Sharing stories about the old museum in Brisbane

The girl on the stair

I grew up in Windsor in the 1960s. When I was about 9 or 10, it was not unusual for our mums to give us 2/- (20c) and tell us to go out for the day. There was nothing my friends and I liked more on a weekend than to catch the tram to the Centenary Pool, then follow it up with a visit to the Old Museum. There were usually 5 or 6 of us (no adults) and we would spend hours exploring the nooks and crannies of the old Gothic building in Gregory Terrace or playing on the Mephisto Tank that stood like a guardian at the main entrance. One day we decided to play a game of hide and seek on the first floor where all the insect cabinets were. I always found this the most interesting part of the Museum, because you could look down on the T Rex skeleton or Bert Hinkler’s Avian from above. Anyway, we were playing hide and seek when my friend said he spotted one of the girls in our group hiding on the stairs leading up to the next floor. However, when we called out to her, she took off up the stairs. To our surprise, when we turned around our friend was behind us and she said that she had spotted the other girl too. So we went to see where the girl on the stairs had gone, but when we got there we found that the stair led to a door that was firmly locked. I had not thought about that much in the past 50 years until recently when I was talking to Alannah Ruth, the present curator of the Old Museum Building, who told me an eerily familiar story about the Ghost of the young girl who lives on the stair!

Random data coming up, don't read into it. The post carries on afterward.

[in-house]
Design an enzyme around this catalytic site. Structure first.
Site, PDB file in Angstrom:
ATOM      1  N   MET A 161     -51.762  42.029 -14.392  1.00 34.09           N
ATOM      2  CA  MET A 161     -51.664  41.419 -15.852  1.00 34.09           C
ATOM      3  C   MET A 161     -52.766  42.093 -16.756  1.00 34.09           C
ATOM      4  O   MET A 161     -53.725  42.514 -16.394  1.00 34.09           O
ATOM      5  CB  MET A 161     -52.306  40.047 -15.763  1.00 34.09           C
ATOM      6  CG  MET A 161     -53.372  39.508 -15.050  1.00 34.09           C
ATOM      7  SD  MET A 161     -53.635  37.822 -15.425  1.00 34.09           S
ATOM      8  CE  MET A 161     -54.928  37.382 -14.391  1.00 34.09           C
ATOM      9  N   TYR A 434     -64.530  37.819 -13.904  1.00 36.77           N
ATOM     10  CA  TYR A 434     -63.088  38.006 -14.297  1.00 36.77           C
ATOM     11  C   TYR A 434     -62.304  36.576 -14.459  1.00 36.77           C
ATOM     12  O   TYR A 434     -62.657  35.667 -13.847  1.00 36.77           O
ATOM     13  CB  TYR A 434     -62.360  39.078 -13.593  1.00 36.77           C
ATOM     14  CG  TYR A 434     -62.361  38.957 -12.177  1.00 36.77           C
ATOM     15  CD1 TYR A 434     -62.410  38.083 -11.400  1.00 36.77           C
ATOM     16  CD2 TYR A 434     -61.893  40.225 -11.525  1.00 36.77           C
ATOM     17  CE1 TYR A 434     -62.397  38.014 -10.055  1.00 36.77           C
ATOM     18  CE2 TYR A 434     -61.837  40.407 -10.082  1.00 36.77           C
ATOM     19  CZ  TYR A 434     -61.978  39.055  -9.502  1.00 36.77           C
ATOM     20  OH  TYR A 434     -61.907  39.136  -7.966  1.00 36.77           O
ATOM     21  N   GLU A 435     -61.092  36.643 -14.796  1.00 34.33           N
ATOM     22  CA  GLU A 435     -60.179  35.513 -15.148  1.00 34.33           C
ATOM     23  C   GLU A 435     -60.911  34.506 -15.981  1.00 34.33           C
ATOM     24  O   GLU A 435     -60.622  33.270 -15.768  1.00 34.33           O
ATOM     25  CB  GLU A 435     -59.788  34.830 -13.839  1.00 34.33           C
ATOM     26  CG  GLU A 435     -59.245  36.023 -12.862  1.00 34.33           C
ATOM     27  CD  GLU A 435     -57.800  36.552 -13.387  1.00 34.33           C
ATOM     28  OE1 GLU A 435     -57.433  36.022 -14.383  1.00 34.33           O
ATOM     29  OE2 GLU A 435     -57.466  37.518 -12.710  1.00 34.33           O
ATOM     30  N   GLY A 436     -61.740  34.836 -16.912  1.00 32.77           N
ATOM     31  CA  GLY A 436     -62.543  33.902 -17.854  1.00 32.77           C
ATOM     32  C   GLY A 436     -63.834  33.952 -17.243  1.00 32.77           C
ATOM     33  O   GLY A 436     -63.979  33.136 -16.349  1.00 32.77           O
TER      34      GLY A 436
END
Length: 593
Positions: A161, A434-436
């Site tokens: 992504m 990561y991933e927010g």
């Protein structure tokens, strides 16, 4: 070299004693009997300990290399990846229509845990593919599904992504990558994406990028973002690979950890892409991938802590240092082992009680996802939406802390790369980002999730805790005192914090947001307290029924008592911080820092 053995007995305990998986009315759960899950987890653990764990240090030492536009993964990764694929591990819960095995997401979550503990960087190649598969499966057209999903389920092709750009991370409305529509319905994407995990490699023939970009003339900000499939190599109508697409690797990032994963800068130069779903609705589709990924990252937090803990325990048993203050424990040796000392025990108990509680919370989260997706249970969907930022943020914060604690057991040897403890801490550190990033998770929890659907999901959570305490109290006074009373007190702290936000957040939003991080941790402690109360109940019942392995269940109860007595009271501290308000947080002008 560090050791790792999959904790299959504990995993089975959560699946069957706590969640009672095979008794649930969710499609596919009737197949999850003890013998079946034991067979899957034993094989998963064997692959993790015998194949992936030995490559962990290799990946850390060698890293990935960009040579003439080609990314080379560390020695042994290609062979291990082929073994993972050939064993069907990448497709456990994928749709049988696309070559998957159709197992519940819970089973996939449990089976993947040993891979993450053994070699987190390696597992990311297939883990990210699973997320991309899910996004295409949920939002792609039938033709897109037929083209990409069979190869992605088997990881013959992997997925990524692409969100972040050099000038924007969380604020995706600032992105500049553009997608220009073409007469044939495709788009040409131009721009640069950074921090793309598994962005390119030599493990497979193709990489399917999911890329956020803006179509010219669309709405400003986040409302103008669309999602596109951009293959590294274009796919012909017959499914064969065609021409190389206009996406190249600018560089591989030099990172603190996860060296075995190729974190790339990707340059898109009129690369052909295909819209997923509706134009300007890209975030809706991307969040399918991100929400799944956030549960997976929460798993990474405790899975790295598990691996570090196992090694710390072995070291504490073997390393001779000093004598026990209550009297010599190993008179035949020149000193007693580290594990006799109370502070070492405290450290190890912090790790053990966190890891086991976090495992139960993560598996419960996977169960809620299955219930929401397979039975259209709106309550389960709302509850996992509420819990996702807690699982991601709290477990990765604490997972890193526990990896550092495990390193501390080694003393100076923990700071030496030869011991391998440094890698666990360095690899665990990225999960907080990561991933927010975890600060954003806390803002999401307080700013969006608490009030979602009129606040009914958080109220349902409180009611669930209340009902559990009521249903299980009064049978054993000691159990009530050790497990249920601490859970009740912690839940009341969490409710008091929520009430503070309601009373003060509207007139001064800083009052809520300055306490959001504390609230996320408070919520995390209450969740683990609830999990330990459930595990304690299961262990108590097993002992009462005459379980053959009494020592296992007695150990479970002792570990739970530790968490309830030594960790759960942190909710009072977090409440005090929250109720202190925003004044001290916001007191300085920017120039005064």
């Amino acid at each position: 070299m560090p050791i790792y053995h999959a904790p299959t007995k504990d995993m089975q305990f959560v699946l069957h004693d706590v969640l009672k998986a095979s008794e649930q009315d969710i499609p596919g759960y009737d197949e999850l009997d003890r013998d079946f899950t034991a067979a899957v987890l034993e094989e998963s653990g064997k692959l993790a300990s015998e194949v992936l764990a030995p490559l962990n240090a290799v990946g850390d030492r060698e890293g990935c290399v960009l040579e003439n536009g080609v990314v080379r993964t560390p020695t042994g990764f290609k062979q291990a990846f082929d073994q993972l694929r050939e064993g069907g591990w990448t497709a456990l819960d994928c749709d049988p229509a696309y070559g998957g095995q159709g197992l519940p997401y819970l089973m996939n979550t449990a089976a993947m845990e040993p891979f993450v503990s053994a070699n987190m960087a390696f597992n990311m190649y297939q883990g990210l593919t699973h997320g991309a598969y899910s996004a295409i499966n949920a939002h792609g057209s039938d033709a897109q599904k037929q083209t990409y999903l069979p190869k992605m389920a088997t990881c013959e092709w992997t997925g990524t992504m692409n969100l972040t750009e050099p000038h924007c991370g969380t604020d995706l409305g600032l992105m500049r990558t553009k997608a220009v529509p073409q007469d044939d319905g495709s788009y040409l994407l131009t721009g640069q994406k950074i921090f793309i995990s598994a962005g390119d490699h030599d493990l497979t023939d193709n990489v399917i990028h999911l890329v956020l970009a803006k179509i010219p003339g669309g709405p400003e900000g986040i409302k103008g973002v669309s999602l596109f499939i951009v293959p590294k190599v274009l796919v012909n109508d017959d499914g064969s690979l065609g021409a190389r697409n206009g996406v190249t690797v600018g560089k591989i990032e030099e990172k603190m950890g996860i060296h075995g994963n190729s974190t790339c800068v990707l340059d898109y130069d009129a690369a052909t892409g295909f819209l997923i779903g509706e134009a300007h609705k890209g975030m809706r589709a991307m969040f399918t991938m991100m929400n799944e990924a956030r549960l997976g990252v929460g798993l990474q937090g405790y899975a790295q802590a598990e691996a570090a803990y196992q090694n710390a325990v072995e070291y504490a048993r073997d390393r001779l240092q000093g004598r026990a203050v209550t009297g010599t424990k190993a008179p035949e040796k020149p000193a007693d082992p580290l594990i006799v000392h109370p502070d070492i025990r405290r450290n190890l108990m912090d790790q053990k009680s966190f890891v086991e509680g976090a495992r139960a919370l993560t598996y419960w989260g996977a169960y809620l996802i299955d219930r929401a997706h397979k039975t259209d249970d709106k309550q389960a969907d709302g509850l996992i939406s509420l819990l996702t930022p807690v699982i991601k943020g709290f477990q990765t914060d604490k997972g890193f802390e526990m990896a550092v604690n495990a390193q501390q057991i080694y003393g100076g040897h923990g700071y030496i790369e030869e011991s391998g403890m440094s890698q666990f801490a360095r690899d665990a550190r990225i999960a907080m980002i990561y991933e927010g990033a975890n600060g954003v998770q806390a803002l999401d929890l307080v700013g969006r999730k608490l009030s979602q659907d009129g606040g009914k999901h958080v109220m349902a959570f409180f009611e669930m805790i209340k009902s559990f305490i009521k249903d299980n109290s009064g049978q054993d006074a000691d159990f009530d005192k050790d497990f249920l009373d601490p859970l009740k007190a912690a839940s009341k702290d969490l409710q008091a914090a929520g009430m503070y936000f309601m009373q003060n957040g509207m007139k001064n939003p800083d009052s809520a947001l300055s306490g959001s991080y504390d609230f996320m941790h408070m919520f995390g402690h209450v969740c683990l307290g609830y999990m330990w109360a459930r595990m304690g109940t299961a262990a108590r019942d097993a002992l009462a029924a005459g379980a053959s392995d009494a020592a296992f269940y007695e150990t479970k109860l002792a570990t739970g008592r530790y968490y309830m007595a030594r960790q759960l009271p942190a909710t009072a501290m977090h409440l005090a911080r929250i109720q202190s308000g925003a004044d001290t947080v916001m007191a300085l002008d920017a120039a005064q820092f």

1. Kay

    I loved the old Museum too. However, I lived in the country so we only visited rarely on school excursions. I did have one “traumatic” experience during a school excursion when I was about 9 (1960ish). We were all in the toilets and, as one was vacated, I dashed in. When I went to leave, the door would not open. It was then that I found out it was one of those “spend a penny” loos and, as I had not paid, the door did not know I was in there and locked itself. Being a country kid I had never had to “spend a penny” before. I was trapped! I panicked and screamed for help. Luckily one of my classmates had a spare penny and let me out. I was so upset and the memory has stayed with me ever since – and I look twice at loo doors to make sure it has no tricks!

    • Ray Pini

      Great story for a great building of Brisbane

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